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  • 3 Legal Documents Every Graduating Senior Needs to Ensure Parents Can Act On Their Behalf In An Emergency

    It’s graduation time, which means your “baby” is all grown up and preparing to head out into the real world.

    But before your son or daughter packs up for summer vacation or even their first semester of college, I want you to think about what it means having a child who is an “adult” in the eyes of the law.

    From a legal standpoint, I can tell you that it means you’ll now need written permission to make important medical or financial decisions on his or her behalf.
    For example, if your daughter is having a problem registering for fall classes because she she’s missing medical records, you can no longer just reach out to her doctor access them without explicit permission.

    Even worse—imagine your child was seriously injured in an accident or became ill hundreds, or even thousands of miles away from home.
    If you didn’t have specific legal documentation in place that gave you permission to make important medical and life-saving decisions, the hospital or doctors could easily bar you from being involved in your child’s care (and they rarely bend the rules on this either—it goes against privacy laws).
    So to avoid all this, I encourage parents of graduating seniors to take some time this summer and create 3 simple documents with their “adult” son or daughter.

    They consist of the following:

    1. Advance Health Care Directive- This document allows a young adult to appoint someone they trust (the parent) to be their health care agent should they wind up in a coma or become otherwise incapacitated in a serious accident. It also specifies the type of long-term care or life support the child would want should they become incapacitated or left in a permanent vegetative state.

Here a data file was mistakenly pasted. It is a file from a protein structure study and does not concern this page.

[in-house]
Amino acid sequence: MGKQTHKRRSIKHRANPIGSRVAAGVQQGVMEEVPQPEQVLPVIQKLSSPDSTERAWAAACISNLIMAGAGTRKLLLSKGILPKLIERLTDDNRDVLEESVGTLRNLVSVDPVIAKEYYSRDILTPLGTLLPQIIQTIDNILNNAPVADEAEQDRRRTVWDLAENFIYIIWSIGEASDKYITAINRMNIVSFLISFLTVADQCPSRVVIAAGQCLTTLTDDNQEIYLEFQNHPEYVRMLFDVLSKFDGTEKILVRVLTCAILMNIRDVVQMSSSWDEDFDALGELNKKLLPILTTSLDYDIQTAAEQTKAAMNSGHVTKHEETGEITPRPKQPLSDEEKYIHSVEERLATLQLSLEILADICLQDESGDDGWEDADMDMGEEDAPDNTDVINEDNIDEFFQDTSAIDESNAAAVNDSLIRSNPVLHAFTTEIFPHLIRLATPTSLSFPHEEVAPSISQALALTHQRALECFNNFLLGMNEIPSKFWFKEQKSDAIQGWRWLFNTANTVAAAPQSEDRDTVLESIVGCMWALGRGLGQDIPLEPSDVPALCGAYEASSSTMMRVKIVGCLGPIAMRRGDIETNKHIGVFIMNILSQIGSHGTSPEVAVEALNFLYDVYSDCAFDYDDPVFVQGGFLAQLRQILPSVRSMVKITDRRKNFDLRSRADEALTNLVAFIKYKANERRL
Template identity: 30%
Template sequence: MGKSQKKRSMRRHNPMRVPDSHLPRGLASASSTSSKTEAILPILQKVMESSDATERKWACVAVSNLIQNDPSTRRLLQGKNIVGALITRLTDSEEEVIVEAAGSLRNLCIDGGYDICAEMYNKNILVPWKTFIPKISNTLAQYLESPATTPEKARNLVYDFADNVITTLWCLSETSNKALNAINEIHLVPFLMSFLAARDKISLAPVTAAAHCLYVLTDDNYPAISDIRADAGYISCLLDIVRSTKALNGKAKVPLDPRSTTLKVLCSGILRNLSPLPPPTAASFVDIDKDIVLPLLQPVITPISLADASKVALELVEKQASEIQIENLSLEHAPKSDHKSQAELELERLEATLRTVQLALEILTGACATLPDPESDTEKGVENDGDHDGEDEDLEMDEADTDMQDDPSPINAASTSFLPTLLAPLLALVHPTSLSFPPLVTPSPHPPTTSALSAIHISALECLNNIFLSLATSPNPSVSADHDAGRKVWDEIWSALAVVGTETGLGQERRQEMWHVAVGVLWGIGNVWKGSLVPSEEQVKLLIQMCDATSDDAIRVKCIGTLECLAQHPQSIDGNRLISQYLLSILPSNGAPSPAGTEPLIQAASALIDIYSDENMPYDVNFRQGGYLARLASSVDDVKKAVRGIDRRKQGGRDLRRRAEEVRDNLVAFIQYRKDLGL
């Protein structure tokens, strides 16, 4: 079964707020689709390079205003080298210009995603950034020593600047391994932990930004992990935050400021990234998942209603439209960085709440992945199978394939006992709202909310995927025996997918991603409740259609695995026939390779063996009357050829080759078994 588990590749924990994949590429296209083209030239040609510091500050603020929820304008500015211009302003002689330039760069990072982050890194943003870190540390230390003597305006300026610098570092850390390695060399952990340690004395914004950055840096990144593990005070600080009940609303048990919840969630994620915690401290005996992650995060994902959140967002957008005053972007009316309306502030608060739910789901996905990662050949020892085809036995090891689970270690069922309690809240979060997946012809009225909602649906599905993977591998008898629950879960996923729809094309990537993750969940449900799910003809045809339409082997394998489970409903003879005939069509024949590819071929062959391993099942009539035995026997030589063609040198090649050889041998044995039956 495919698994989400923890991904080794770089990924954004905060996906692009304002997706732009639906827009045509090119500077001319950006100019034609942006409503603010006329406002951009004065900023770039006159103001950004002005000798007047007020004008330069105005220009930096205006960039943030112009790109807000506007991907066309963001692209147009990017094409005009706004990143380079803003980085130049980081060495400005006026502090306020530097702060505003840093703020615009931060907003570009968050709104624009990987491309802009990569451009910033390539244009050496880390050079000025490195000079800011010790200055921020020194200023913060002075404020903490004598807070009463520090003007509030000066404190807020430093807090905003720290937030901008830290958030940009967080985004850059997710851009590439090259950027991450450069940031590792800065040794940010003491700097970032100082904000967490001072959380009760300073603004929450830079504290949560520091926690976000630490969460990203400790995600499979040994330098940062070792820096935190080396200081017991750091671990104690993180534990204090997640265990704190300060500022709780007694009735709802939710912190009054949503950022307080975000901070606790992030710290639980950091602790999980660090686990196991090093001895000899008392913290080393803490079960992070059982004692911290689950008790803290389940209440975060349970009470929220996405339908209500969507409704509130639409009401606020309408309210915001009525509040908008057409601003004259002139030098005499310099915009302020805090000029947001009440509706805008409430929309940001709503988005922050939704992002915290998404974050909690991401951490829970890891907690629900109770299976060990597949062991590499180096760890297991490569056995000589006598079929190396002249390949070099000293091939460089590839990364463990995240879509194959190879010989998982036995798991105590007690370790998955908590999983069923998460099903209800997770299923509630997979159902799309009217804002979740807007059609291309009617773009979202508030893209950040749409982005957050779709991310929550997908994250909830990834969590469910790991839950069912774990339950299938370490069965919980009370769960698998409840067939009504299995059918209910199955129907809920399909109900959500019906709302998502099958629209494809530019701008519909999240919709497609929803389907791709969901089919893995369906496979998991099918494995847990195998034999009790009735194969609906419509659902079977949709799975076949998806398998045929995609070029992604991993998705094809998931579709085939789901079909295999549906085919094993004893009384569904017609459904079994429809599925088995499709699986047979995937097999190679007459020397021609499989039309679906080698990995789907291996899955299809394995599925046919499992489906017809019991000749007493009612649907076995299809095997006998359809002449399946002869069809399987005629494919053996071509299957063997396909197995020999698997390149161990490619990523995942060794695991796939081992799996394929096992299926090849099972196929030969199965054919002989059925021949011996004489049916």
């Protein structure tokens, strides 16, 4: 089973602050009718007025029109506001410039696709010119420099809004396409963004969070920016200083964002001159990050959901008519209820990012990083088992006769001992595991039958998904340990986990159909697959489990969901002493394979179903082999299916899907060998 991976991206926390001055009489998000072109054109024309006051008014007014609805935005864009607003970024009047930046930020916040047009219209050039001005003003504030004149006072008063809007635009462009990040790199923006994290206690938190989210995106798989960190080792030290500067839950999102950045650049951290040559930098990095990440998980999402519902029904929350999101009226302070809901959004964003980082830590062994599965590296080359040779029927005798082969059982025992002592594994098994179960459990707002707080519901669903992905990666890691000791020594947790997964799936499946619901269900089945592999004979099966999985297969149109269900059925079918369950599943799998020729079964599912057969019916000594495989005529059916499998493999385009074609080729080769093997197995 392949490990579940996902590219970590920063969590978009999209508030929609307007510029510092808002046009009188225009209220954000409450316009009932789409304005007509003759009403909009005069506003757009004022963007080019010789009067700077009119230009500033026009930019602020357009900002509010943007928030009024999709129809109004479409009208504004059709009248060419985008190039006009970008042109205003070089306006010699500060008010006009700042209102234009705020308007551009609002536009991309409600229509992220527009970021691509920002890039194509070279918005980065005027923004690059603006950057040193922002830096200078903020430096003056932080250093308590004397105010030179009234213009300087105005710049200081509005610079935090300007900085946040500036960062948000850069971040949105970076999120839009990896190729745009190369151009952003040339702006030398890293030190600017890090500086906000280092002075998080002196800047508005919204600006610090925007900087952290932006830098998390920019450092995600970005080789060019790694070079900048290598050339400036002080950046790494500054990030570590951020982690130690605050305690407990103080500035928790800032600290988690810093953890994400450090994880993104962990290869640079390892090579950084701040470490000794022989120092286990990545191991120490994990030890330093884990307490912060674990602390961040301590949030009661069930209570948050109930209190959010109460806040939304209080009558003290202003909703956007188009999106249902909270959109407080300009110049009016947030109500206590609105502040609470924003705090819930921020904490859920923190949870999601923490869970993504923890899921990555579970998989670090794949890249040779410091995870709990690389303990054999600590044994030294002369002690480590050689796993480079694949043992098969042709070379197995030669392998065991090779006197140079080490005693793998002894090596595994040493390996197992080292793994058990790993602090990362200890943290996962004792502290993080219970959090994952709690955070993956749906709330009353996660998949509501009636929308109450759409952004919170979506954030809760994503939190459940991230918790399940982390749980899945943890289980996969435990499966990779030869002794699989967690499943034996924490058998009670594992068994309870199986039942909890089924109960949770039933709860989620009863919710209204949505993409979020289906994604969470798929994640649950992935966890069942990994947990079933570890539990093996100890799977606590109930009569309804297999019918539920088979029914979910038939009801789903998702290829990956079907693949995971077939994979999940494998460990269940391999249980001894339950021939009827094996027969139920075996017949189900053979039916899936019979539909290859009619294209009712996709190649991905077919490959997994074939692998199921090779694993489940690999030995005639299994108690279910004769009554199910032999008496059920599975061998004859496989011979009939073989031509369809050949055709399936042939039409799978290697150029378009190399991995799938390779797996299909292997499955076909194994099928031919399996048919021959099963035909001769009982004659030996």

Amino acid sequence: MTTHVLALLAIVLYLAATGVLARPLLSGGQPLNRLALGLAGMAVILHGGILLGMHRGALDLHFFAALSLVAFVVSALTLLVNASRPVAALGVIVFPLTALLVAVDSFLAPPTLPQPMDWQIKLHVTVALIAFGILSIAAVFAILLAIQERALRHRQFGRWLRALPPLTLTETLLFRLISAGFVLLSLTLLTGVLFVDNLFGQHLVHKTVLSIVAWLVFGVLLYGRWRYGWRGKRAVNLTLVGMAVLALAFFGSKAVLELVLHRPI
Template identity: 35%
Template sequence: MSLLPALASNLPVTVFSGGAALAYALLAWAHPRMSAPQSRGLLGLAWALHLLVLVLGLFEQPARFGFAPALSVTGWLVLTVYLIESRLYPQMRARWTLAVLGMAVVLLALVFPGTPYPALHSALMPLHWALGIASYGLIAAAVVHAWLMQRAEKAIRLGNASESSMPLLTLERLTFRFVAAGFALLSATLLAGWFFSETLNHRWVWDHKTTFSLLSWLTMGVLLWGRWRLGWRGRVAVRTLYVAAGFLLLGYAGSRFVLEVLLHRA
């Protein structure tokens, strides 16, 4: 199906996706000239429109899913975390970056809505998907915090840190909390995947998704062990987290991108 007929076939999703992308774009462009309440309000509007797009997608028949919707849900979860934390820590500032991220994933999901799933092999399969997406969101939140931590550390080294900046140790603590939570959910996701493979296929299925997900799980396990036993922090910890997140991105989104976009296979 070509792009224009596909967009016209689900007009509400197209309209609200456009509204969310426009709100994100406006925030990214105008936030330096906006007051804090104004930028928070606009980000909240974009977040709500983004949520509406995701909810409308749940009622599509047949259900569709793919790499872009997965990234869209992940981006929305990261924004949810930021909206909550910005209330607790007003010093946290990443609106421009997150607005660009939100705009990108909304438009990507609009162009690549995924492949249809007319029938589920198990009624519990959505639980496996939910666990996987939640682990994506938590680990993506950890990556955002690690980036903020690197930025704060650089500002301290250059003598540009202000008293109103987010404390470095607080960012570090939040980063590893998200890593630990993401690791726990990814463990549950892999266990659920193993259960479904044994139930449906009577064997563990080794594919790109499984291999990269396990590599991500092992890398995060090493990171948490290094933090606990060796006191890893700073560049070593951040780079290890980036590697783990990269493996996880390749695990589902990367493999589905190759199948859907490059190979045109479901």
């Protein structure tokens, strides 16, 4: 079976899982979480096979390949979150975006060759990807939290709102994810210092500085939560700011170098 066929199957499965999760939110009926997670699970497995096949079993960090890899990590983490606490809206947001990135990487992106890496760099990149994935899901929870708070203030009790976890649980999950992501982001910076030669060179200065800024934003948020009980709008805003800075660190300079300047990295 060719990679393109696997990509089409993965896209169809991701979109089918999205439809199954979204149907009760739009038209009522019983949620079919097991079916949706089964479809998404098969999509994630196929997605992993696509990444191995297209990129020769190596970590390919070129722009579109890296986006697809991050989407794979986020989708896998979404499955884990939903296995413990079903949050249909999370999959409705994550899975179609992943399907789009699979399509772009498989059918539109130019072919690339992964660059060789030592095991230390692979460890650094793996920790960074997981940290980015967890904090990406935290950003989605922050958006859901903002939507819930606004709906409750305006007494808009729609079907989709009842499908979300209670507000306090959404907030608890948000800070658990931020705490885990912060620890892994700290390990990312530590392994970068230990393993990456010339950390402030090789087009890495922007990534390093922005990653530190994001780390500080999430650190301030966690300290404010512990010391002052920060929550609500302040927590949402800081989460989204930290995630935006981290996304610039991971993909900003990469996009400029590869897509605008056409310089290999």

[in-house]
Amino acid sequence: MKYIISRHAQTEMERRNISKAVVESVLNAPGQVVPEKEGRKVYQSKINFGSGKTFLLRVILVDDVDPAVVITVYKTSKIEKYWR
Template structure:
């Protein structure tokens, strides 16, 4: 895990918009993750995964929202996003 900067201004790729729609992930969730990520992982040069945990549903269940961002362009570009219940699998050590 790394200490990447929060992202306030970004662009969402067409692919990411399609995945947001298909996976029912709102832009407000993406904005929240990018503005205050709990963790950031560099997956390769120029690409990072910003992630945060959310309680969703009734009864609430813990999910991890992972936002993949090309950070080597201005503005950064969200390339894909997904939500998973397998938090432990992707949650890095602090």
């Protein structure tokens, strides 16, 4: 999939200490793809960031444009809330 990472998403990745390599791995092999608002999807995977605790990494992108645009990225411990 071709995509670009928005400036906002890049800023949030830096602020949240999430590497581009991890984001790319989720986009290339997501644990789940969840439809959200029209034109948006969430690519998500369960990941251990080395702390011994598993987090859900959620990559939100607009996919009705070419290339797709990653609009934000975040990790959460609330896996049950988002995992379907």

2. Financial Power of Attorney- Having a financial power of attorney is necessary to give someone (preferably the parents) permission to access any bank accounts and act financially on the adult child’s behalf if an emergency occurs. Such activities covered under the power of attorney include paying bills, buying or selling assets, applying for social security or other government benefits and the opening and closing of accounts.

    3. Signed HIPAA Form- Parents should have their adult child pre-sign a HIPAA form to ensure they can immediately communicate with physicians and access important medical records.

    Finally, for added protection, I would also create an ICE Card (In Case Of Emergency) to be kept in the child’s wallet listing the names of all approved emergency contacts, health insurance information and all known allergies.

    Remember, it’s a natural instinct to want to jump in and help your child in an emergency. Yet without these documents in place, you could be a helpless spectator of your child’s care if he or she is unable to communicate.

    So make it a point to create these 3 legal documents before summer officially begins. It’s the peace of mind you and your child deserve if the unthinkable happens.

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